Swich Hitting our Hounds

Talk about Big Game Hunting with Dogs
mike martell
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Swich Hitting our Hounds

Postby mike martell » Tue Nov 25, 2014 8:13 pm

I thought about this topic and want others input based on a post in the bobcat section.

I want to start with dhostetler who wrote about his aspirations of owning top all around hounds that excel on bear and bobcat and looking to derail thoughts about how difficult or impossible this is to achieve.

Let me start with my hounds. I'm fortunate to hunt other States and Provinces, I switch hit and rig all my dogs loose on the deck and when they strike, every dog can either step up and get after a track, good or bad all in from the get go. If it climbs a tree it's good by me. Every dog is my next best or I don't keep them around for long. For this reason my feed bill is cheaper than most!

Two types of hounds I refuse to feed, those are lion and coon hounds. Before causing a fire storm? Let me explain, if you ever hunted behind a real deal bare ground lion hound or real deal coon hound you would understand what I'm talking about. When it comes to the snow lion hound running an hour old track on fresh powder is no comparison to the likes of a select few on this board who pound out lions in the dry desert regions with rock piles and bluffs.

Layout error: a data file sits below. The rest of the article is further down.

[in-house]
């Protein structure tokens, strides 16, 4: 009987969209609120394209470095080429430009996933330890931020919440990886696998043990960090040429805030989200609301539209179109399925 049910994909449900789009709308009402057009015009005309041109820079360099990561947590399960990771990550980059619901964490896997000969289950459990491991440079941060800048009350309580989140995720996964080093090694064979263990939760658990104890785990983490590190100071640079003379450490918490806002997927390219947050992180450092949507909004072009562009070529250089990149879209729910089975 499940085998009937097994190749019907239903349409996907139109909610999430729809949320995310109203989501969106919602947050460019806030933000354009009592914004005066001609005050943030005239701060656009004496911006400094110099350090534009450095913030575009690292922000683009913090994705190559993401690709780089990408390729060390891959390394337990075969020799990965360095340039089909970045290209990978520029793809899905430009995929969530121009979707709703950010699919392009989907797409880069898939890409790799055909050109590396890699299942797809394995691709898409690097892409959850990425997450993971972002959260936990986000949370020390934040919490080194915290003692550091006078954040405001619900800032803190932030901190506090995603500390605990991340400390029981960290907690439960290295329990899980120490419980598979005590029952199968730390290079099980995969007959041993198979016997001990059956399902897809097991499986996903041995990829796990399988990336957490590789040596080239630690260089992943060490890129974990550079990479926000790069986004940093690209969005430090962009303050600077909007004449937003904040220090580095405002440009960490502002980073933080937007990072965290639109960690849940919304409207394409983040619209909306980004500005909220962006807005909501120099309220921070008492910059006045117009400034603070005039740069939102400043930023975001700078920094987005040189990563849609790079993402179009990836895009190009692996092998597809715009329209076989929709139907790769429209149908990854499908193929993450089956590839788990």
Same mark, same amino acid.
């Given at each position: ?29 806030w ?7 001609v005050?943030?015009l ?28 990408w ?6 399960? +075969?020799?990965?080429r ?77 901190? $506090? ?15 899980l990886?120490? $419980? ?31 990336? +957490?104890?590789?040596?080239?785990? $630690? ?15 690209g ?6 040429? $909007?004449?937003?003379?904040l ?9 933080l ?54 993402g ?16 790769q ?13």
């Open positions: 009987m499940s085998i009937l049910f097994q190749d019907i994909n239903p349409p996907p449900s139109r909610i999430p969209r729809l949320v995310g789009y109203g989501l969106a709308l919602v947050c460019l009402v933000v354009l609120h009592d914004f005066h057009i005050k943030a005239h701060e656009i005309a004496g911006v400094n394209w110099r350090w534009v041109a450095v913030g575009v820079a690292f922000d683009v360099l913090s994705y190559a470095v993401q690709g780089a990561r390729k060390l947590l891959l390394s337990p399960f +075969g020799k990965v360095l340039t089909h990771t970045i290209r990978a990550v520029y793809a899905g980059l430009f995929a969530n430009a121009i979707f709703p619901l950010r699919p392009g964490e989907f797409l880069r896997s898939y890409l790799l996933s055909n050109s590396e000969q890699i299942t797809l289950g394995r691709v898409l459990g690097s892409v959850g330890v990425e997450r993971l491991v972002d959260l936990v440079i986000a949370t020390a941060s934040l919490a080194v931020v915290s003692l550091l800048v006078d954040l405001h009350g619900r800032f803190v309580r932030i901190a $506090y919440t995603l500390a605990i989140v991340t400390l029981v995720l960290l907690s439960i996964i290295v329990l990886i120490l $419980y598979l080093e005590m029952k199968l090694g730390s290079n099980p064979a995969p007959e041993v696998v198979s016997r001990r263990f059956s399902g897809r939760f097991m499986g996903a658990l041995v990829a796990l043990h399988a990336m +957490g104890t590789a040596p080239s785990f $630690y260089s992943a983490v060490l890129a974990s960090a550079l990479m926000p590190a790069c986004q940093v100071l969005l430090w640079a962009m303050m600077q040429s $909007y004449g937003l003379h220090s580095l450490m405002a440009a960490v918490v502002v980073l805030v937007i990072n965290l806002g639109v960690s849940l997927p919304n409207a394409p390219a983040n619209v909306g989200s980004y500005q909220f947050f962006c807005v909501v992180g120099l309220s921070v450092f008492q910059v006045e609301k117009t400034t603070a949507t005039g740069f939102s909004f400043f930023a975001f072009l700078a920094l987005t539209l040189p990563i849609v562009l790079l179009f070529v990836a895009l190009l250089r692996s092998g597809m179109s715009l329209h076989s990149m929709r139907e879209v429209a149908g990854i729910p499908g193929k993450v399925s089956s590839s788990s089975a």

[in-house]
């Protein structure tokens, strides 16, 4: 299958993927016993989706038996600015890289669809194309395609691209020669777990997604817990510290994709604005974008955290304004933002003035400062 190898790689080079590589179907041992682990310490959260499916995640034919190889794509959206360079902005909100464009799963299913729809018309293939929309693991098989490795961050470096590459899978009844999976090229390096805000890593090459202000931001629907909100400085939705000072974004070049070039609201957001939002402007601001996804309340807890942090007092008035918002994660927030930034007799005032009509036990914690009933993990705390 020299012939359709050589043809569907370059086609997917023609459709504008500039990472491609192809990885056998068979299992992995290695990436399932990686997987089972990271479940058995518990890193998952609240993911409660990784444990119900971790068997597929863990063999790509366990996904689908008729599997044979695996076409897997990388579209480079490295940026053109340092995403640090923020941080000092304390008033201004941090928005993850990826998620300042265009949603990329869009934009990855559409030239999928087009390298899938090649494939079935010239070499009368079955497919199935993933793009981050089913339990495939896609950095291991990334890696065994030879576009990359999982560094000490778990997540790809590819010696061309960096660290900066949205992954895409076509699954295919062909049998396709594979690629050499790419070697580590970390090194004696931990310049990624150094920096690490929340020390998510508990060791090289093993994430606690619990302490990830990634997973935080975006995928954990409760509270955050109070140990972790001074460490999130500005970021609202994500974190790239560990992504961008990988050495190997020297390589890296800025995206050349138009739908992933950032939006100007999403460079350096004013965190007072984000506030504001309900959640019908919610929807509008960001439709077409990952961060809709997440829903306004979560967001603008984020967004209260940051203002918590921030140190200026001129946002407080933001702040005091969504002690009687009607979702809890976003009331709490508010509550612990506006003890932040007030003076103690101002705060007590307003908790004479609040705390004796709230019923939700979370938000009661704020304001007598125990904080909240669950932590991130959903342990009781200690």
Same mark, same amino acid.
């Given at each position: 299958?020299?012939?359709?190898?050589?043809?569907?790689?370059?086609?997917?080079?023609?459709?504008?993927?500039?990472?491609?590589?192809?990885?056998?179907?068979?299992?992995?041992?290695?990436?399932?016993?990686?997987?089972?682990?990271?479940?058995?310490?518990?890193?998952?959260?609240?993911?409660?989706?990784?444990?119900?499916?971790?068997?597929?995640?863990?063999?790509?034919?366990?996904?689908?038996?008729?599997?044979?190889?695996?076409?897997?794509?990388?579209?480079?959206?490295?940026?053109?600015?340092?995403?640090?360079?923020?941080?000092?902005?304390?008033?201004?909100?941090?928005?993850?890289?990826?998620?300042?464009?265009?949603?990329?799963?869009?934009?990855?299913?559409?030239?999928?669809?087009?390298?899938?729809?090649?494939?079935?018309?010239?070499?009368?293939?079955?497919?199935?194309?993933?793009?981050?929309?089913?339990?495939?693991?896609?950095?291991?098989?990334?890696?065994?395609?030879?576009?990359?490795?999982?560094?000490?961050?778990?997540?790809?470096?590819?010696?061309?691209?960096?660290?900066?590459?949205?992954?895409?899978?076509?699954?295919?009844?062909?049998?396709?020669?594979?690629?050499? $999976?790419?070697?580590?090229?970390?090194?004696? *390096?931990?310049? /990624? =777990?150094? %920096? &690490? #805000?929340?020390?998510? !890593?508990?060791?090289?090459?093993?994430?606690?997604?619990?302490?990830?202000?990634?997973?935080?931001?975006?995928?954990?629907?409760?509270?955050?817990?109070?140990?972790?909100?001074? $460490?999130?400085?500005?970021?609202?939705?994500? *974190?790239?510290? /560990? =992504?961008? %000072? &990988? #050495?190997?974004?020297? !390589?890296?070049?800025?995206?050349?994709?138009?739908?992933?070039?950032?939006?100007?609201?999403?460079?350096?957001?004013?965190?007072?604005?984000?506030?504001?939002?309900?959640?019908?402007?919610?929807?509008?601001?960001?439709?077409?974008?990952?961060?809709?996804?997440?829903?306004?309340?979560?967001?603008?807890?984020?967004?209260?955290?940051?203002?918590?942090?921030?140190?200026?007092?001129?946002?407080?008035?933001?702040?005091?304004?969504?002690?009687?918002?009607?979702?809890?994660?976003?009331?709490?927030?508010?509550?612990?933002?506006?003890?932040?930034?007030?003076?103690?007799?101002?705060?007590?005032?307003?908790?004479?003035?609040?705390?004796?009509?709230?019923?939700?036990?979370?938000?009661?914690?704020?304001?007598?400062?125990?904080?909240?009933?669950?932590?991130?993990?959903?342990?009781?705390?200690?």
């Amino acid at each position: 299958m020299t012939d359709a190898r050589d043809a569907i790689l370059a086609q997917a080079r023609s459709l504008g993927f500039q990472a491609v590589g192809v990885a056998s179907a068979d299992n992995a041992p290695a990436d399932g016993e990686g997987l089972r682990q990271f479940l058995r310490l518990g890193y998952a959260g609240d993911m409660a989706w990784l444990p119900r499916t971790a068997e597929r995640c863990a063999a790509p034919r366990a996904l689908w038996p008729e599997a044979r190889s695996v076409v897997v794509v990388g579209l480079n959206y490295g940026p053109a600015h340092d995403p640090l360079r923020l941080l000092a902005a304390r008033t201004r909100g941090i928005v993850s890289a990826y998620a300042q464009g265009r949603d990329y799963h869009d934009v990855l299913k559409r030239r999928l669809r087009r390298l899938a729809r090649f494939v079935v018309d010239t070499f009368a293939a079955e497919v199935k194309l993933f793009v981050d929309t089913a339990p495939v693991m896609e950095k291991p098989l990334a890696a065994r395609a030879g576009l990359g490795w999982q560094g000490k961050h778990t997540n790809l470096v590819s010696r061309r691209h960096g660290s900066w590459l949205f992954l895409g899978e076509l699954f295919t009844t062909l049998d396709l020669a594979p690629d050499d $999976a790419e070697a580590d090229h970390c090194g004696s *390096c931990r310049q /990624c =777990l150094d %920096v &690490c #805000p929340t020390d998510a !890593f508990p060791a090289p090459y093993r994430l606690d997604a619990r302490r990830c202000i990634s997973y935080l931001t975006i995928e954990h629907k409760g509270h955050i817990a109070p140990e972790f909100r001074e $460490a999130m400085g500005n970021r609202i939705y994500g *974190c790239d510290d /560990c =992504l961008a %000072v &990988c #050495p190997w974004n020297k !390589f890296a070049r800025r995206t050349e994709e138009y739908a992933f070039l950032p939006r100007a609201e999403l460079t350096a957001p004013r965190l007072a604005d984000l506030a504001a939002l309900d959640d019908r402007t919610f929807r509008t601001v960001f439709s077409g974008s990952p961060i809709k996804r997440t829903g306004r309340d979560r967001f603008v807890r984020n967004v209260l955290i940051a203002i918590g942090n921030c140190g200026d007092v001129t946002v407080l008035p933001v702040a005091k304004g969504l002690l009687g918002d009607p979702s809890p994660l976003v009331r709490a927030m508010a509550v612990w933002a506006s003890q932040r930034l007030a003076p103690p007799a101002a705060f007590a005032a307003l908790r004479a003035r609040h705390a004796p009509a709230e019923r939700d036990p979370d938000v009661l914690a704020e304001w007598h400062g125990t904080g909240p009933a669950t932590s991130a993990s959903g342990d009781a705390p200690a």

I think dogs can do what we ask of them but also experience leads me to understand switch hitting has some definate draws back vs. one department hounds such as a straight pack of bobcat hounds.

I find a more consistent style of dog when started and kept on one species but would never own such a dog and the longer I hunt? The more convinced I am of this! Old time bobcat hunters expressed the down sides of running lions with the same hounds and kept dogs broke off lions.

Examples within my own dogs. Way too much mouth triggered by running bear and lions. More track straddling tendencies by running lions and coons when running bobcats is clear to see. Can I catch bobcats? yes, but not the same style as the straight pack.